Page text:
The rate of sales tax due is the rate in effect where the application or installation is made.  See Publications KS-1525 & KS-1700 for additional information.

Retail Sales

If you sell shrubbery, plants, sod, trees, bushes, flowers, chemicals, fertilizers, garden materials, etc., without installation, you must collect sales tax of the total selling price (including delivery or shipping charges) when the customer takes deliver in Kansas.  In like manner, if you sell or rent equipment within the state of Kansas, sales tax is due on the total selling or rental price.  The rate of sales tax due is the rate in effect where the customer takes delivery.  See Publication KS-1700.  Retailers should purchase their inventory without sales tax by providing their supplier with a Kansas Resale Exemption Certificate.  See Publication KS-1520.

Contractor/Retailers

Landscape contractors typically provide materials, plants, trees, etc. and install them.  Retailers sell these items without installation.  Contractor/retailers do both.  Contractor/retailers should purchase their entire inventory without sales tax by providing their supplier with a Contractor/Retailer Exemption Certificate.  See Publication KS-1520.

When a contractor/retailer makes a retail sale (no installation) - Kansas sales tax should be collected on the total selling price – including delivery charges.  A Kansas sales tax exemption certificate should be taken from the seller for all exempt purchases and retained in the retailer’s records for at least 3 years.  The rate of sales tax due is the Kansas sales tax rate in effect where the customer takes delivery. 

When a contractor/retailer provides the materials and installs or applies them - Kansas sales tax is due on cost of materials removed from inventory for installation in construction jobs – even when the material will be subsequently removed from the state of Kansas and installed in another state.  A contractor/retailer may only provide the materials without sales tax when the purchaser provides a Project Exemption Certificate.  The rate of sales tax due is the Kansas sales tax rate in effect where the item is removed from inventory.  Contractor/retailers would report the materials, at cost, on their Kansas retailers’ sales tax return.  See Publication KS-1525 for an example.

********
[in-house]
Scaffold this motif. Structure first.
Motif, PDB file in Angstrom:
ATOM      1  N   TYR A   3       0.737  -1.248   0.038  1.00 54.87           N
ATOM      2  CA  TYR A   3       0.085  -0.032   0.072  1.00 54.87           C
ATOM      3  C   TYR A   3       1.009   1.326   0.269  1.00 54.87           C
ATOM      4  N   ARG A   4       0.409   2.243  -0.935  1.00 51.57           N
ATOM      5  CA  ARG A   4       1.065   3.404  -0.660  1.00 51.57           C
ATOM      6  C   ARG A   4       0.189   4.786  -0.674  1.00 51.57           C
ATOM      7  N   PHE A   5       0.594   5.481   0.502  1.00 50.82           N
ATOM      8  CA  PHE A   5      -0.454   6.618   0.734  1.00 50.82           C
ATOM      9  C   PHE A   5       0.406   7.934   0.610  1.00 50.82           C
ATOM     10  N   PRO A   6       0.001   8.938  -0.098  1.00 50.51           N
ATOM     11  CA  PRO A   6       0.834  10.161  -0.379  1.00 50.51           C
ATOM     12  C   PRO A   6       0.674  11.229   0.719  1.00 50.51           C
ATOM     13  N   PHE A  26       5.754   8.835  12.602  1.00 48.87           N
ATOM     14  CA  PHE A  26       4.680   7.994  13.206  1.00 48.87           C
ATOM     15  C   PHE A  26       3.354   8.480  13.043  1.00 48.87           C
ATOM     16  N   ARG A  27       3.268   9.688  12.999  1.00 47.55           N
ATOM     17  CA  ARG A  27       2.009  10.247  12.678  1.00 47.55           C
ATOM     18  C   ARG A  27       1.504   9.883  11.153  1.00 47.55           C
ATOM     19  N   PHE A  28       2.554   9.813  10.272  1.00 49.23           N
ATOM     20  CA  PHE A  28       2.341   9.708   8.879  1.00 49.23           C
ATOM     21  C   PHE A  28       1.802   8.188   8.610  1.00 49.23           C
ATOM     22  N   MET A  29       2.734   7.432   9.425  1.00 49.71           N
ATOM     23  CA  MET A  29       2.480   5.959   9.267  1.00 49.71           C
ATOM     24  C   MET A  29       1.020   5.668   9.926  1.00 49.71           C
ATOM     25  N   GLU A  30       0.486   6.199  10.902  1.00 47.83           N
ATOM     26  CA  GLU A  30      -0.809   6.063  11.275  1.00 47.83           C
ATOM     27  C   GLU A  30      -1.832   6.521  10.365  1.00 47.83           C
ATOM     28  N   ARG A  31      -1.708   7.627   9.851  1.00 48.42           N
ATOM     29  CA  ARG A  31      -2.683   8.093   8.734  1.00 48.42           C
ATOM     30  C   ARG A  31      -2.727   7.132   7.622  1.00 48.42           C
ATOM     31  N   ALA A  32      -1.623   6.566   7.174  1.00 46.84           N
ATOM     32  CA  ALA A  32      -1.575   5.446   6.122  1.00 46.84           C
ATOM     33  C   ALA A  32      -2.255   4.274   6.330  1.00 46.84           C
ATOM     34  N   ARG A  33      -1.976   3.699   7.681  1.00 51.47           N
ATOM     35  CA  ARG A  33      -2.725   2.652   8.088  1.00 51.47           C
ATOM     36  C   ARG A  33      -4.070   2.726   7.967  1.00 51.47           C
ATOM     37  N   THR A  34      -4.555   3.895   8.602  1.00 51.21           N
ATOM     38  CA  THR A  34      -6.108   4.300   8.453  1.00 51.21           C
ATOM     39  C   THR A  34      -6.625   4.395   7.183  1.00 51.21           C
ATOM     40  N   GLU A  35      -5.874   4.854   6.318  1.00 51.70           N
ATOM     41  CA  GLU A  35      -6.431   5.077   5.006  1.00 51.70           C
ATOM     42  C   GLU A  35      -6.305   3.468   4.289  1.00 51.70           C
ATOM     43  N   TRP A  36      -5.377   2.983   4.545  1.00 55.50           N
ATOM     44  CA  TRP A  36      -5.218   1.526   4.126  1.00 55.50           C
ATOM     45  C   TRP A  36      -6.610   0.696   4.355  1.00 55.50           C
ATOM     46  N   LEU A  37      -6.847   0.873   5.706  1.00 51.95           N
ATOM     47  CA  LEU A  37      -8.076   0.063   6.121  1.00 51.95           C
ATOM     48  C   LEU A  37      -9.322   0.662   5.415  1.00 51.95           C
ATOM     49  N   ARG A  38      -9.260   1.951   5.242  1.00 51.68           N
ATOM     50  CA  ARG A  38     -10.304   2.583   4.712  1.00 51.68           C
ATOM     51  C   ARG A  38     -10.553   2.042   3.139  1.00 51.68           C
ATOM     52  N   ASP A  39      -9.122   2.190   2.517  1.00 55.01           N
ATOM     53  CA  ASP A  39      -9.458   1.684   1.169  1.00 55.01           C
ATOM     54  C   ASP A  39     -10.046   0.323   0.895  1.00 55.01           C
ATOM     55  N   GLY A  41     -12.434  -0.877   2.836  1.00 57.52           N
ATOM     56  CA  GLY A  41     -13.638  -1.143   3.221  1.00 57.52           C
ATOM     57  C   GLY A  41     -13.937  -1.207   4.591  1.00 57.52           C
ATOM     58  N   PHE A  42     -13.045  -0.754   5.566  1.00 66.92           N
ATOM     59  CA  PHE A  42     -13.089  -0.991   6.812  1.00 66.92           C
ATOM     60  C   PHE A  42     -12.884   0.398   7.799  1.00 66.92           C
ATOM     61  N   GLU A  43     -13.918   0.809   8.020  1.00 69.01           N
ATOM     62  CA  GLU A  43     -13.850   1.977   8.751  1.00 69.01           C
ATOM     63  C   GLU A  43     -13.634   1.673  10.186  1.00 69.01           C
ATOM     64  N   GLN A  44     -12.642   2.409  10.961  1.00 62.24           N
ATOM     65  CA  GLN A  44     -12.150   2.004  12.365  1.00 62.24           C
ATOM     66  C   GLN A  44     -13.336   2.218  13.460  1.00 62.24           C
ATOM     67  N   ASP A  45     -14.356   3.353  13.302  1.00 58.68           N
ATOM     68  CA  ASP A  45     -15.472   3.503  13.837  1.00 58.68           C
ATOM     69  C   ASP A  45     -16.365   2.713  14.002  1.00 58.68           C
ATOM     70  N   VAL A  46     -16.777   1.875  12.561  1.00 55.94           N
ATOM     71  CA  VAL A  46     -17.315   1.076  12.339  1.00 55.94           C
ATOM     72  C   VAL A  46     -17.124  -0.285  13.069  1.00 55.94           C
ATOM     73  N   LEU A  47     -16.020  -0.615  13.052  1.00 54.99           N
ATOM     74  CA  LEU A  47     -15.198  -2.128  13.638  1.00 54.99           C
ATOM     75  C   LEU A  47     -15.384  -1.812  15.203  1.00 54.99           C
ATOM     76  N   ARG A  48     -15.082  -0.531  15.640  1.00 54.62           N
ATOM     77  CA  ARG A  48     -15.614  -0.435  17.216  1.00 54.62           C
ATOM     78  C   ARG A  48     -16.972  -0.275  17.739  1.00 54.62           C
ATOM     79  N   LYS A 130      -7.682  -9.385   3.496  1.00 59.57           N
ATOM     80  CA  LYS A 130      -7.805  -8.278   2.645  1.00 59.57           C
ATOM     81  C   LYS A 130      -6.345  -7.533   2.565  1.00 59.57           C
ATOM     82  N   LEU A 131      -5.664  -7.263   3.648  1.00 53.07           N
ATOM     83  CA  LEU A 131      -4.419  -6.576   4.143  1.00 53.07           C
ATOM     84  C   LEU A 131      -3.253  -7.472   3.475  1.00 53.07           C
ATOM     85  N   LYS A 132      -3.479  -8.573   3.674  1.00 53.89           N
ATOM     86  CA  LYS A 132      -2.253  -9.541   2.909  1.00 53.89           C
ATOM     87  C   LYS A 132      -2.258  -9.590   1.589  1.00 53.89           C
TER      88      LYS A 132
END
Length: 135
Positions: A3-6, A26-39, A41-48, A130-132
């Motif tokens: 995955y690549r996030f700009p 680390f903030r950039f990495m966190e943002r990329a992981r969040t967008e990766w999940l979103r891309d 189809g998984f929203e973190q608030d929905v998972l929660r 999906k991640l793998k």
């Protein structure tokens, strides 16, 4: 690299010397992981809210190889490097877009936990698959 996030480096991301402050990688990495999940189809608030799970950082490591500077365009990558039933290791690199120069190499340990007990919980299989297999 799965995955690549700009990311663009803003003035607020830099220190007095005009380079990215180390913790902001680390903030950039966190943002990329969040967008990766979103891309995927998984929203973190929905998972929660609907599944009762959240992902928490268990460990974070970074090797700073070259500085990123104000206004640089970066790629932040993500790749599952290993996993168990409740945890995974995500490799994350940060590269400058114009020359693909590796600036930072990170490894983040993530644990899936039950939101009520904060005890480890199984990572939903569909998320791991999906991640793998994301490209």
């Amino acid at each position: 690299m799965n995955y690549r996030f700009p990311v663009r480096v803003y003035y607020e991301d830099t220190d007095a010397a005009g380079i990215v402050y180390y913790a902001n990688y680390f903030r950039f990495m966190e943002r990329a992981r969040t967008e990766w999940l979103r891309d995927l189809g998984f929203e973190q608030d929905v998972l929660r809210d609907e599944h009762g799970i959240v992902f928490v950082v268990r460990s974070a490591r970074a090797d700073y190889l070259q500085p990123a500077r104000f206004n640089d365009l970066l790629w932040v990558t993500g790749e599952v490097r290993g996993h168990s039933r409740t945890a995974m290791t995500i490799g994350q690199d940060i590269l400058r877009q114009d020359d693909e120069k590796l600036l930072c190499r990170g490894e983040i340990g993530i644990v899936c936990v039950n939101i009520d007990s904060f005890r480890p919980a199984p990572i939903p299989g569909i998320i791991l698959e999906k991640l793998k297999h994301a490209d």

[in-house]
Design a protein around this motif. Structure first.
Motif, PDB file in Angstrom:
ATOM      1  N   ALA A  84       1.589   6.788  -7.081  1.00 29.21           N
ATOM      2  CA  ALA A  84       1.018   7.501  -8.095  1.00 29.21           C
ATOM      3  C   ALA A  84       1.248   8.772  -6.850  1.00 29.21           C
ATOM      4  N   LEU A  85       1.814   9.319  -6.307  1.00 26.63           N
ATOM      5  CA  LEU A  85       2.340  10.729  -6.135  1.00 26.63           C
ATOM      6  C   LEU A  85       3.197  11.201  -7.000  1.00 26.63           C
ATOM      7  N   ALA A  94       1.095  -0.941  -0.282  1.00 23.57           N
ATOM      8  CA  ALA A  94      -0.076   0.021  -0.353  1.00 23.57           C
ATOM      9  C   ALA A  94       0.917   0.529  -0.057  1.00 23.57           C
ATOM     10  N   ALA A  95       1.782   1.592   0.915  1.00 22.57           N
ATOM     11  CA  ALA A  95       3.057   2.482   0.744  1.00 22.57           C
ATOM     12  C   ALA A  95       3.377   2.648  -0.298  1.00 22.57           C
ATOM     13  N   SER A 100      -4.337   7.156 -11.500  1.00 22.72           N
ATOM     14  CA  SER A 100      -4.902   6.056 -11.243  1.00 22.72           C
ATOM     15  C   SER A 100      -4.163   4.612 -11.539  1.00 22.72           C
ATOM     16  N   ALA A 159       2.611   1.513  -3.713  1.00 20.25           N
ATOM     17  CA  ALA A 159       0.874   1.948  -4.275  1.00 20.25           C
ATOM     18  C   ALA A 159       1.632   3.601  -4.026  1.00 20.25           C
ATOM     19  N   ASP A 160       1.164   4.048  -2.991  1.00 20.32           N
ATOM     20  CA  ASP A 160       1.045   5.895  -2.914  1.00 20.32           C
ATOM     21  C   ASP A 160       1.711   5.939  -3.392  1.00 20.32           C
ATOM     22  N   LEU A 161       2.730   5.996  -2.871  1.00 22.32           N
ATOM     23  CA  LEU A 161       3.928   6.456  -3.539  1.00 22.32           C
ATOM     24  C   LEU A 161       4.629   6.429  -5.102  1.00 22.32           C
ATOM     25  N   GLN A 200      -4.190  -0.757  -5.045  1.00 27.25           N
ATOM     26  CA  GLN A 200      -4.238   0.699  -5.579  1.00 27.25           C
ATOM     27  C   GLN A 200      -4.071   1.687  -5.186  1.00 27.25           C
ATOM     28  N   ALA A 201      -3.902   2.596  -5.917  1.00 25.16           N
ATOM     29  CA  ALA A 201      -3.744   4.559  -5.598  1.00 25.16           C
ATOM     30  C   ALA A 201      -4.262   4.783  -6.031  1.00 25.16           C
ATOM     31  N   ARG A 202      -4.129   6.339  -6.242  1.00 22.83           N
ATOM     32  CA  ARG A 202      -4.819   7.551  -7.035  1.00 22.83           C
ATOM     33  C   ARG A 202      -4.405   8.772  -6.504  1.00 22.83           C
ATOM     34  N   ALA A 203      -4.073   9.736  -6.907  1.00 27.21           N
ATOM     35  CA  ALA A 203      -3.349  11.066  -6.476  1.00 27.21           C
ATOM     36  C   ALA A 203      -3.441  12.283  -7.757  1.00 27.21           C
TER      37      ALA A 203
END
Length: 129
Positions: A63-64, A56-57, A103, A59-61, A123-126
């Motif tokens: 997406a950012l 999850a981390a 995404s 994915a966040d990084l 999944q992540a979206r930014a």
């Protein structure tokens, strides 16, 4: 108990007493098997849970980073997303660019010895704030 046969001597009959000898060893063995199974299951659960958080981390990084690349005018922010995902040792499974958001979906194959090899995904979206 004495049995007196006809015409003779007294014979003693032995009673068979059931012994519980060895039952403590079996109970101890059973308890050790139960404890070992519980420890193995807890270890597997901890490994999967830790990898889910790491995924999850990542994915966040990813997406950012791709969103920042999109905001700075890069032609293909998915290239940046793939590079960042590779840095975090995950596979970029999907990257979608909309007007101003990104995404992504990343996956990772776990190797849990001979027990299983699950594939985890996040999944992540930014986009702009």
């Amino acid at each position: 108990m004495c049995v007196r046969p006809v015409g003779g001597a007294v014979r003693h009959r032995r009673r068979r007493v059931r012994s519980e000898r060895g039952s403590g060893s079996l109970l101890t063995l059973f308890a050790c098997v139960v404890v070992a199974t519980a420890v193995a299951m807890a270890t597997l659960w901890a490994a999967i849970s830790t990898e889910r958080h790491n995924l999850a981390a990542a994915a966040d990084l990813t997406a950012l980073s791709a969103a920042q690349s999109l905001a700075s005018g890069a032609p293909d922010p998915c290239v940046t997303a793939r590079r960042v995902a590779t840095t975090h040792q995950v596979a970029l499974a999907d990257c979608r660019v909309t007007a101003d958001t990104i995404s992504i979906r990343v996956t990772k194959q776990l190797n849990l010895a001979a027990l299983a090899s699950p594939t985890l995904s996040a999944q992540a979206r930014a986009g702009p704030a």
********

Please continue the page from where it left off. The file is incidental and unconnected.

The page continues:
Miscellaneous

Compensating Use Tax – Compensating use tax is due whenever an item purchased outside of Kansas is stored, used or consumed within the state of Kansas and no sales tax has been paid, or if one has been paid, it was at a lower rate of tax than the Kansas Sales/Compensating tax rate that is in effect at the location where the item will be used, stored or consumed.  Compensating use tax is not due on inventory items that will be sold at retail.  However, landscape contractors purchasing materials, supplies, equipment, etc. from outside of Kansas and using, storing or consuming them (by installing those materials for their customers) within Kansas are legally required to report and remit Kansas compensating use tax.  To register for Kansas Compensating Use tax, see Publication KS-1216, Kansas Business Tax Application.

You must report and remit Kansas Compensating Use Tax when you:

  • buy (or rent) equipment, supplies, materials directly or by mail, internet or phone order from a seller located outside of Kansas for use in Kansas – such as in a Landscaping Contract.
  • buy (or rent) equipment, supplies, materials in another state for use in Kansas and the other state’s sales tax paid is lower than the Kansas sales/compensating use tax rate (the rate in effect where the item will be used, stored or consumed).
  • buy items exempt from Kansas sales tax with a Kansas Resale Exemption Certificate (items purchased for resale) but, take the item(s) out of inventory for personal use.

Project Exemption Certificates – A Project Exemption Certificate (PEC) is issued by the Kansas Department of Revenue for specific projects.  The requestor must complete an application (Form PR-76 or PR-70b found in Publication KS-1520) for each and every project.  Application may be made online at KDOR’s web site.  A PC allows contractors and subcontractor to purchase all materials without sales or compensating use tax and for all labor to install those materials without collecting sales tax.  See Publication KS-1525 for additional information.

References:

  • EDU-26, Sales Tax Guidelines for Contractor and Contractor-Retailers
  • EDU-27, Sales Tax Guidelines for Fabricators
  • EDU-28, Sales Tax Guidelines Businesses that Sell and Service Appliances and Electronic Products
  • EDU-29, Sales Tax Guidelines for Contractor-Fabricators and Contractor-Manufacturers
  • Publication KS-1216, Kansas Business Tax Application
  • Publication KS-1510, Kansas Sales and Compensating Use Tax
  • Publication KS-1520, Kansas Exemption Certificates
  • Publication KS-1525, Sales and Use Tax for Contractors, Subcontractors & Repairmen
  • Publication KS-1700, Sales Tax Jurisdiction Code Booklet

EDU-30